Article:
Melissa Bahle’s kindness is making the world a better place. | Photo from Christopher Millette, Erie Times-News
Without further ado, your Idiotville feel-good story of the week: https://www.goerie.com/news/20190121/coat-drive-blessing-boxes-part-of-womans-guerrilla-generosity
This week’s feature starts out with something good about the internet, which seems like a rare story these days. Melissa Bahle happened to be perusing around online and heard about some folks just going around doing random acts of kindness in their community in the UK. They called it “guerrilla generosity” and Melissa, reading from her home in Bear Lake in Warren County, wanted in. So she showed some kindness of her own toward strangers in her area.
This is such a simple concept it almost seems ridiculous to write about, but Melissa’s story is unique. She didn’t just do some nice thing and tell the newspaper about it. She brought other people along with her in her mission of service.
She spoke to a friend about making some sturdy boxes to house donated stuff. A local Boy Scout troop stepped up and made them. Melissa placed them around Corry where she works and Spartansburg where she grew up. Four boxes total. She and others fill them up all the time with canned food, blankets, all kinds of things for people in need.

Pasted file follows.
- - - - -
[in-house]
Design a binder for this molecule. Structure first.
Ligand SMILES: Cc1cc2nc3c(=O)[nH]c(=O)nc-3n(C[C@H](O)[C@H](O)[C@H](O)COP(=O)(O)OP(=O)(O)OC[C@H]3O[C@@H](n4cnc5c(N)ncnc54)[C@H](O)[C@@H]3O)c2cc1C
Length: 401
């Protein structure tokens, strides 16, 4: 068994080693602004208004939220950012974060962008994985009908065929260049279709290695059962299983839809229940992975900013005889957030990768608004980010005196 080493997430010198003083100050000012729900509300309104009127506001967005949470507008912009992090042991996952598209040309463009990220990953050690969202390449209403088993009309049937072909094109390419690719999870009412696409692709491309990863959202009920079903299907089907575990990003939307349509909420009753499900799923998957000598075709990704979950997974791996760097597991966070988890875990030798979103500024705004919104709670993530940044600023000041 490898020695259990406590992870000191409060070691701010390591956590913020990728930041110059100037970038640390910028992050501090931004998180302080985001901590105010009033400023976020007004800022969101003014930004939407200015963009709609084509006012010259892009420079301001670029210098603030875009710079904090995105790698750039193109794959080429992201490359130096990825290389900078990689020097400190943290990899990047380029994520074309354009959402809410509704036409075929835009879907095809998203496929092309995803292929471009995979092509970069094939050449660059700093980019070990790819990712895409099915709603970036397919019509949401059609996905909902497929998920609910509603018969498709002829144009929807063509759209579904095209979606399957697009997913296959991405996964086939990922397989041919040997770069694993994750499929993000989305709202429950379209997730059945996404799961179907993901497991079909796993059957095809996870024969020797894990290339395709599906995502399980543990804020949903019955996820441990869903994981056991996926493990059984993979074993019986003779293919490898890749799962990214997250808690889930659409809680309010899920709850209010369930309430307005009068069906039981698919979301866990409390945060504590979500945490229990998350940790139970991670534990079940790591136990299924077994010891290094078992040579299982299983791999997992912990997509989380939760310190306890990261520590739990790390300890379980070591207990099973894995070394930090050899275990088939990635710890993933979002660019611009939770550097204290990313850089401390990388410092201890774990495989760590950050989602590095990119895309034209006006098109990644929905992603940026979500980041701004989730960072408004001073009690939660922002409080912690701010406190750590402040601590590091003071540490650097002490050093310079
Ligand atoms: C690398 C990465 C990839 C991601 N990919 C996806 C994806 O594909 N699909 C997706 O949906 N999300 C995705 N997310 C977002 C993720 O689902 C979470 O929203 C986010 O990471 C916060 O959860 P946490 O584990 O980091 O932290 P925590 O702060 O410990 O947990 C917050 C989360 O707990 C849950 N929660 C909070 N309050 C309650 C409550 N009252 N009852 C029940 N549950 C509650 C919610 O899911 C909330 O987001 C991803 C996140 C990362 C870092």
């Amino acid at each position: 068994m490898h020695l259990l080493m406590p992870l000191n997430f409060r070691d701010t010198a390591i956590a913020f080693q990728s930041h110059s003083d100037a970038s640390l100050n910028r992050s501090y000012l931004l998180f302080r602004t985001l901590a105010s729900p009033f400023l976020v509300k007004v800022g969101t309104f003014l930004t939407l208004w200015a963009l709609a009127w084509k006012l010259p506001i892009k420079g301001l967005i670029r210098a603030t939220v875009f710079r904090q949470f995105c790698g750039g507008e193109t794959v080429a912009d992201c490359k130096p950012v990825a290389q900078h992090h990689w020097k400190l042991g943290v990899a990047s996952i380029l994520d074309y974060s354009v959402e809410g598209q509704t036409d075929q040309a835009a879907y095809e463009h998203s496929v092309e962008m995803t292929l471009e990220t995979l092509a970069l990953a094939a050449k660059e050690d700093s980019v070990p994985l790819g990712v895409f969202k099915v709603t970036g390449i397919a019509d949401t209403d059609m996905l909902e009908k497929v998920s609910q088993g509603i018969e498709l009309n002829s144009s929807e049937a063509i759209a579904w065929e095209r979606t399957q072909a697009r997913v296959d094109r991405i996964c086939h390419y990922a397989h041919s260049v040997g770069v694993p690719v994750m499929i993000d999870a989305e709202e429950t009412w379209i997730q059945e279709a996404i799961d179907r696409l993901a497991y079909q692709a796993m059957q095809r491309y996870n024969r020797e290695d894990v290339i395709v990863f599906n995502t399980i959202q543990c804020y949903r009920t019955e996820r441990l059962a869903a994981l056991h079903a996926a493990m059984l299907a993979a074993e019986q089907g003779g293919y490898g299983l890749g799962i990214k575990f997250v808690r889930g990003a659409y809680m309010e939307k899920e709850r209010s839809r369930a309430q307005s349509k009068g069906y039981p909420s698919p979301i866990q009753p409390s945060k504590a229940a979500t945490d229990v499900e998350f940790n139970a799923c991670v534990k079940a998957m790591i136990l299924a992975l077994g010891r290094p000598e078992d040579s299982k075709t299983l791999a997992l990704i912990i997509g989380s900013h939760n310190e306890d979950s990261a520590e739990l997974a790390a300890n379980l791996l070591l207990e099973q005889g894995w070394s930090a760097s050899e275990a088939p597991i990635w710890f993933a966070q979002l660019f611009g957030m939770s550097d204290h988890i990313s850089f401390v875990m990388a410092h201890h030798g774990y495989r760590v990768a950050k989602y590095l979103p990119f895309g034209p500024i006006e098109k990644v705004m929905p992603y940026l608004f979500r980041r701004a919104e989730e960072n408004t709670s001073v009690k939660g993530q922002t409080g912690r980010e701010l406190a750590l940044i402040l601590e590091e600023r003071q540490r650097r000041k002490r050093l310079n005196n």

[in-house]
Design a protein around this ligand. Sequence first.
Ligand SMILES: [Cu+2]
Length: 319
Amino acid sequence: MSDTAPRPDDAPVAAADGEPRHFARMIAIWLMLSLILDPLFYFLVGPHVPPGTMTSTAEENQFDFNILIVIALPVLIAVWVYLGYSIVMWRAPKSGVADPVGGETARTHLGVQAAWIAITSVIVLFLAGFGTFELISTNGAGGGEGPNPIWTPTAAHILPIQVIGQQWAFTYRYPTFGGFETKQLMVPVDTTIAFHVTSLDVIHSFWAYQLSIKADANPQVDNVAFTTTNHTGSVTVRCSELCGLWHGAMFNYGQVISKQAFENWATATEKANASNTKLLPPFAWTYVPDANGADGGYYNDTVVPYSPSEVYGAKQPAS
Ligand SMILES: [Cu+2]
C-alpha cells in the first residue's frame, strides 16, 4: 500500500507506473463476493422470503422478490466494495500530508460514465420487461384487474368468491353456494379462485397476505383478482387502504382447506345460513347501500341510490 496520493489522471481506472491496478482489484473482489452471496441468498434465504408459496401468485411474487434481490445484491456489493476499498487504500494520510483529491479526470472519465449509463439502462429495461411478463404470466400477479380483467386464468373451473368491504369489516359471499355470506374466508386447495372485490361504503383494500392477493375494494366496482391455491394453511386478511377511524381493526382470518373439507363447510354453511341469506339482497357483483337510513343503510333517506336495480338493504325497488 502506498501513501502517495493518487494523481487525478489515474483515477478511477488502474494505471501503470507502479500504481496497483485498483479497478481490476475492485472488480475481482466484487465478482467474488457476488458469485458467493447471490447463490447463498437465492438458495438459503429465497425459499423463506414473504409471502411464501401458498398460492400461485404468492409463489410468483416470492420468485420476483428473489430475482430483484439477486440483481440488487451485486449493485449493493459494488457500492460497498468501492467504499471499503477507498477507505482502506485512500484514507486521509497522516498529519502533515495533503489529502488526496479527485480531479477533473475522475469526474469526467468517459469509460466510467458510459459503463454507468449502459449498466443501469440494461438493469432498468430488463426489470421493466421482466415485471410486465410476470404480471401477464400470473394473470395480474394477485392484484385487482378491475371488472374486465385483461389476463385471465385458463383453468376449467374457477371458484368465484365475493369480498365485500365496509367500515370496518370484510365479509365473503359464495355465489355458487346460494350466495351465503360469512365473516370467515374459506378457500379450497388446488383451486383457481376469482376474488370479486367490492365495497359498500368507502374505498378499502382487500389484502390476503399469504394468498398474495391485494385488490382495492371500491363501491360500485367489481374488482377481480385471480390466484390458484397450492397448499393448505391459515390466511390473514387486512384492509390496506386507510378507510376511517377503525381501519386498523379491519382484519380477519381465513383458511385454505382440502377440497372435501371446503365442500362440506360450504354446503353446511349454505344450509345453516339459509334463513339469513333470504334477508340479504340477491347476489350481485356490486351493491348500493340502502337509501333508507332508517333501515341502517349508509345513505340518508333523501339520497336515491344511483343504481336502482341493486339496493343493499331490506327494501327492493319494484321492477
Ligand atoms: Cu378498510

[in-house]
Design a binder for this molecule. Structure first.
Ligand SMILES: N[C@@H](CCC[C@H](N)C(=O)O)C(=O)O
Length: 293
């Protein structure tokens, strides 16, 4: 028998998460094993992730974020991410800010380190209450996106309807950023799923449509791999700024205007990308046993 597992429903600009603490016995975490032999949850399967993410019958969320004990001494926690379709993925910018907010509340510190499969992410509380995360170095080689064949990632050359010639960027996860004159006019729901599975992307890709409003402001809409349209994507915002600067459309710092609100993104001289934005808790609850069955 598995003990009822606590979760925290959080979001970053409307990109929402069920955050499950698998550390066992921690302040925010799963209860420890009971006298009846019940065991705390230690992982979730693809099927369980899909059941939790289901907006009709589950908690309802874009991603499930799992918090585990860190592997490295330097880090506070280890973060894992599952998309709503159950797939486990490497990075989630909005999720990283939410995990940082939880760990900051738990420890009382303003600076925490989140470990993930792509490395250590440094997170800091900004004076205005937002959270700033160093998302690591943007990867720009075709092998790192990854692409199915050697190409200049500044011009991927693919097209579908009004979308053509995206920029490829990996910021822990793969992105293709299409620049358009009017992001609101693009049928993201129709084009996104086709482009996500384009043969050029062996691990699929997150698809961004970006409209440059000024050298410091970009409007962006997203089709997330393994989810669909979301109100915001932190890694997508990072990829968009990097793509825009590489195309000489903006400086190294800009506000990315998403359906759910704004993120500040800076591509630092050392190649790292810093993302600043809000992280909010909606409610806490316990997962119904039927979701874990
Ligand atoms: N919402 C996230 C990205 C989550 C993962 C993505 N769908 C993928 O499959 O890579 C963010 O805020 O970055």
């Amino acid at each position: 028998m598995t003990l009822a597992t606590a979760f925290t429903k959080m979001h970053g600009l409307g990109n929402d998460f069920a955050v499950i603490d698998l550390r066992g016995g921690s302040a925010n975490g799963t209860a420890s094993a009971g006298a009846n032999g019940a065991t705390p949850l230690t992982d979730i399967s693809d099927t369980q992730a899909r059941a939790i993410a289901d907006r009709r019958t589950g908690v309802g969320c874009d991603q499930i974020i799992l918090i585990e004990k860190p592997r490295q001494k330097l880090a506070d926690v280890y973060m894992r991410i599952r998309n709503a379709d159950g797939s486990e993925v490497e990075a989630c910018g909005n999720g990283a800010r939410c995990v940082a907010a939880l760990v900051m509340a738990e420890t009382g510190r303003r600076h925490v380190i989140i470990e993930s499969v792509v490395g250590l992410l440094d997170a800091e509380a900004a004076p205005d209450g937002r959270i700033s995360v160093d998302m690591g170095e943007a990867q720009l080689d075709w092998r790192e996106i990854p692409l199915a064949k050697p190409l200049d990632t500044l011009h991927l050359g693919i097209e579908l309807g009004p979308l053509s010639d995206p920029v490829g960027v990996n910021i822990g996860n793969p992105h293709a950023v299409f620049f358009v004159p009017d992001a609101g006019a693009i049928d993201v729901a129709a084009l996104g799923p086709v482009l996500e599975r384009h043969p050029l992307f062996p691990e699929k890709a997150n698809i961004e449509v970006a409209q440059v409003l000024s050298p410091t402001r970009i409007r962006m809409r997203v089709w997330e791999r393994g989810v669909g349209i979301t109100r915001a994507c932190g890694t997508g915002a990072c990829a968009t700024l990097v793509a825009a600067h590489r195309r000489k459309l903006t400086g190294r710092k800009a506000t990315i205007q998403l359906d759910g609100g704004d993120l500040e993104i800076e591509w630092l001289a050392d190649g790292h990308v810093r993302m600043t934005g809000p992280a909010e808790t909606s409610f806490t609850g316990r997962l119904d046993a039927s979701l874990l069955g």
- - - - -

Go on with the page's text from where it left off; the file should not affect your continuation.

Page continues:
There is no keeping track of “what kind of people” are taking the items. There is no hand-wringing about whose fault it is that people are in need, or whether they are really in need at all. There is just a woman putting her time and effort where her heart is, and advocating for others to do the same.
She leads coat drives, too. She is not Bill Gates or Warren Buffet, so she went to local businesses and schools for additional donations. They came through in a big way. I encourage you to check out the GoErie link at the top for details on all the donations; I won’t restate them here.
What struck me about this is the larger dynamic of all the good that can be done when one person commits to start the ball rolling.
Once Melissa Bahle started asking questions about making the boxes, she found some Boy Scouts more than willing to pitch in. When she asked for donations, 1,800 food items came flooding in from Corry Middle School. Businesses donated various time, space and items, etc.
People are inherently good and generous, but sometimes they need a nudge to make a tangible difference. You could be the person to nudge hundreds or thousands of people toward giving just a little. Anyone could. Be a “guerrilla.” Be like Melissa Bahle.